To paraphrase Tevye in Fiddler on the Roof, “Lord, I know we are your chosen people, but once in a while, can’t you have Mel Gibson choose someone else?”

Gibson’s career reads like a Shakespearean Tragedy. After becoming arguably the biggest star in Hollywood, he began displaying his Hubris, spewing hatred against different ethnic groups, much of it against the Jews (or as he has called them “oven dodgers). Gibson’s hatred nearly destroyed his career, turning him into, at best, a b-player. But announced last week, Gibson has been given a big Hollywood project by Warner Brothers. He will be producing and possibly directing (and even starring in) a movie based on Jewish history, the story of Judah Maccabee.

This is not the first time Gibson has tackled Jewish History. In 2004 Gibson was interviewed by Peggy Noonan for Readers Digest in 2004. Noonan asked Gibson if he believed the Holocaust happened. He answered by questioning the number of Jews slaughtered by the Nazis and seemed to downplay the Holocaust as a Jewish experience.

“I mean when the war was over they said it was 12 million. Then it was six. Now it’s four. I mean it’s that kind of numbers game. I mean war is horrible. The Second World War killed tens of millions of people. Some of them were Jews in concentration camps. Many people lost their lives. In the Ukraine, several million people starved to death between 1932 and 1933. During the last century 20 million people died in the Soviet Union. Okay? It’s horrible.”

These are just a few of many Anti-Jewish acts made by Gibson, the most famous of which occurred during a drunk driving arrest in 2006 when he kept screaming, referring to “f***ing Jews” and later stated that “the Jews are responsible for all the wars in the world.”

So should Gibson’s Antisemitism prevent him from making a movie about the Maccabees? That’s kind of a hypothetical question because it was Gibson who brought the picture to Warner Brothers. He first said he wanted to make it when he was promoting the Passion of Christ. At the time, he told Sean Hannity that it was a good story, kind of like a western. The real question is, once the movie is made, will Jews come out and see it?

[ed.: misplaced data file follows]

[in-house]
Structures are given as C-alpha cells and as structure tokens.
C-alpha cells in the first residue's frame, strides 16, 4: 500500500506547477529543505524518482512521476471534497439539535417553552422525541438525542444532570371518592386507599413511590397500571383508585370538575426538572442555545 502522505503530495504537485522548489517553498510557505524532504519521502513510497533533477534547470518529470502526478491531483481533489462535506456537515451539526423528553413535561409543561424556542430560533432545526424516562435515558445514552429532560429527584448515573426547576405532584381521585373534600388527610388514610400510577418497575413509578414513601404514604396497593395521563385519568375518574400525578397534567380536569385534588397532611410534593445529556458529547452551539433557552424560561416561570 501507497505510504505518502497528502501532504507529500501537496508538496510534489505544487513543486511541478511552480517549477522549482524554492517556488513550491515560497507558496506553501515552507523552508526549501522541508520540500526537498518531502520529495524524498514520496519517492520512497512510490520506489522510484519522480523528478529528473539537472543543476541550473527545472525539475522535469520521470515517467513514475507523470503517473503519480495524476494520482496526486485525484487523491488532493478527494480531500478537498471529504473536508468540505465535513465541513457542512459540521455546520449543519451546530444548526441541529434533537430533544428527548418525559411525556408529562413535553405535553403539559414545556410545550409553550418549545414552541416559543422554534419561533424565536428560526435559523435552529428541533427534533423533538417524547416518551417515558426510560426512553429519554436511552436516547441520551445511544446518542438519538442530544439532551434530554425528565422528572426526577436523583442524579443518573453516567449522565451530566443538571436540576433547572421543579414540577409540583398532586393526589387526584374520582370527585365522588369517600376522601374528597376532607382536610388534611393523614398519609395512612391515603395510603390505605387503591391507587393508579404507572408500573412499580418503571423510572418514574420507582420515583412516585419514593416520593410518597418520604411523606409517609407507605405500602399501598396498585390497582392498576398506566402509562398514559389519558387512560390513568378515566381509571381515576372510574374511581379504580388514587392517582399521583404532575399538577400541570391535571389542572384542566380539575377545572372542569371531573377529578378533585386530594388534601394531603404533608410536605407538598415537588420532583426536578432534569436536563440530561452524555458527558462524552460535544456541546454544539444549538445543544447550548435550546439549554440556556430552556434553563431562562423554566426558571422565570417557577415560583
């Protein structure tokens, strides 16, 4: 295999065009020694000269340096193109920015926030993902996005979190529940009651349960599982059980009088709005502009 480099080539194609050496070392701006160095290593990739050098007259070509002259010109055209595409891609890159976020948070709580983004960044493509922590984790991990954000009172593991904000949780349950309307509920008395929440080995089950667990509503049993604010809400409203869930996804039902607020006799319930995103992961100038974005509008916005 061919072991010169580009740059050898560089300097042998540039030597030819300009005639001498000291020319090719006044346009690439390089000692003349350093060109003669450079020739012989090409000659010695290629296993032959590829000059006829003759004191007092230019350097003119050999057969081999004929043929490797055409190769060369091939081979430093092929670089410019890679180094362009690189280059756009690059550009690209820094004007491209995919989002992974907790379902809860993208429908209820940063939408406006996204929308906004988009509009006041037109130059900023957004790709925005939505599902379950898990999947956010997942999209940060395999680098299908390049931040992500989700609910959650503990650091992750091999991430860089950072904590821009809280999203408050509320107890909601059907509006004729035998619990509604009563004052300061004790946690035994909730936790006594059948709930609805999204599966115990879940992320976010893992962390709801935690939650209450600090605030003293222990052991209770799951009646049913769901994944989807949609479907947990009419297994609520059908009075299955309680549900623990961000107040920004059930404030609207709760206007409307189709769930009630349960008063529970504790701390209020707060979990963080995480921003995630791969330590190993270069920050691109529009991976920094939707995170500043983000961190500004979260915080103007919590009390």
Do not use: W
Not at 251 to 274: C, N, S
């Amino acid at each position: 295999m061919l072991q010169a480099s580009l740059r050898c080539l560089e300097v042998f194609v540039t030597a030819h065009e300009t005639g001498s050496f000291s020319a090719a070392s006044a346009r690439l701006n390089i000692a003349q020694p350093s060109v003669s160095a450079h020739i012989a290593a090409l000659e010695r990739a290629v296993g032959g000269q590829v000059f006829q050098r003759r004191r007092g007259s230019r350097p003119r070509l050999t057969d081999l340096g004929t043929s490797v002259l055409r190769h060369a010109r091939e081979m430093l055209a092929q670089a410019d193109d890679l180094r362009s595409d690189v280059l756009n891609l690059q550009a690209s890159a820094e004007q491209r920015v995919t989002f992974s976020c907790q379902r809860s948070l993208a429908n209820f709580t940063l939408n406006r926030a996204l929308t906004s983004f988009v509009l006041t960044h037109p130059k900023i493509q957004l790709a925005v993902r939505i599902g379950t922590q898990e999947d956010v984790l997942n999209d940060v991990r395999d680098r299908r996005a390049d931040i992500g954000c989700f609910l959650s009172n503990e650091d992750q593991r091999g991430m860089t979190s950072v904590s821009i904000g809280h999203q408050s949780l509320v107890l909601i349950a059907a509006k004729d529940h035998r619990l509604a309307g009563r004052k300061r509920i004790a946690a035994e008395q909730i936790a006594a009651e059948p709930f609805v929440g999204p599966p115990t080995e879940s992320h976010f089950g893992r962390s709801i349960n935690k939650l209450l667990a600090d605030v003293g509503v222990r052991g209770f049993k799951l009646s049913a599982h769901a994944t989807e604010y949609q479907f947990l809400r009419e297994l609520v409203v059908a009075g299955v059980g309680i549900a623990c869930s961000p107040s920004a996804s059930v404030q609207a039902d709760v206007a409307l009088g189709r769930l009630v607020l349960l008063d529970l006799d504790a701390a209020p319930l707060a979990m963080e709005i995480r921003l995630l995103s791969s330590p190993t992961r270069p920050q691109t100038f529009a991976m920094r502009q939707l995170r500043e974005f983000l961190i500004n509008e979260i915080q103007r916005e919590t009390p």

Rabbi Marvin Heir, founder and dean of Los Angeles’s Simon Wiesenthal Center Museum of Tolerance voiced his displeasure in statements to The Hollywood Reporter and predicted that Jews should stay home.

“Warner Bros. is making a terrible mistake,” Hier says, adding, “most of the people that are going to come to a film about Judah Maccabee are the Jewish community. Surely they know the Jewish communities are not going to come to this film.”

I am not as sure as Rabbi Hier is that Jews will stay home. As a people Jews are quick to forgive, Israel considers PA President Abbas a moderate even though he was one of the people responsible for the Sbarro bombing, American Jews still support Barack Obama despite his anti-Israel policies. In the end, the good Rabbi will be very disappointed to learn how many Jews will see the movie.

More than his Anti-Semitic history, I am not sure that Gibson has the background to appreciate the real story of the Maccabees. Gibson is a passionate member of the Catholic Traditionalist movement. This minority Catholic sect rejects the reforms of the Second Vatican Council in 1964-65. In particular, the abolition of the Latin Mass. Part of the traditional Latin Mass that Gibson so fiercely believes in is about the conversion of the Jews. The prayer reads: “Let us pray also for the Jews, that the Lord our God may take the veil from their hearts and that they also may acknowledge our Lord Jesus Christ.” It also refers to their “blindness” and prays for them to be “delivered from their darkness.”

This is a direct conflict with the story of the Maccabees who fought against conversion. Only part of the Hanukah story was the Maccabees’ fight for getting the Greeks out of Israel and the cleansing and dedication of the Temple. The Maccabees fought a civil war against other Jews. Judah and the boys were fighting Jews who had turned away from their faith by combining it with Greek/Hellenistic practices (or, in some cases abandoning the Jewish faith totally). The resulting assimilation caused a loss of Jewish faith and tradition, and finally, laws against practicing Jewish rituals.

Sadly, in many ways, this story about a war against the assimilation of the Jewish people has become the most assimilated of Jewish holidays. Too many treat this holiday as a “Jewish Christmas,” the exact opposite of what the Maccabee story is all about.

That is the reason I don’t believe that Gibson is qualified to produce, direct and possibly star in a movie about Judah Maccabee is not his love or hatred for the Jewish people, but the fact that his particular view of the Catholic faith, that the blindness of the Jews should be cured so they can accept Christ is the exact opposite of the Maccabee story.

Mel Gibson is entitled to his religious belief, that’s not the issue. The real question is based on his religious beliefs, including prayers that Jews should convert could Mel Gibson do the story of the Maccabees justice? Can he tell the true story of the Maccabees in a way that Jews who know the difference will want to see it? Personally, I do not see how he can.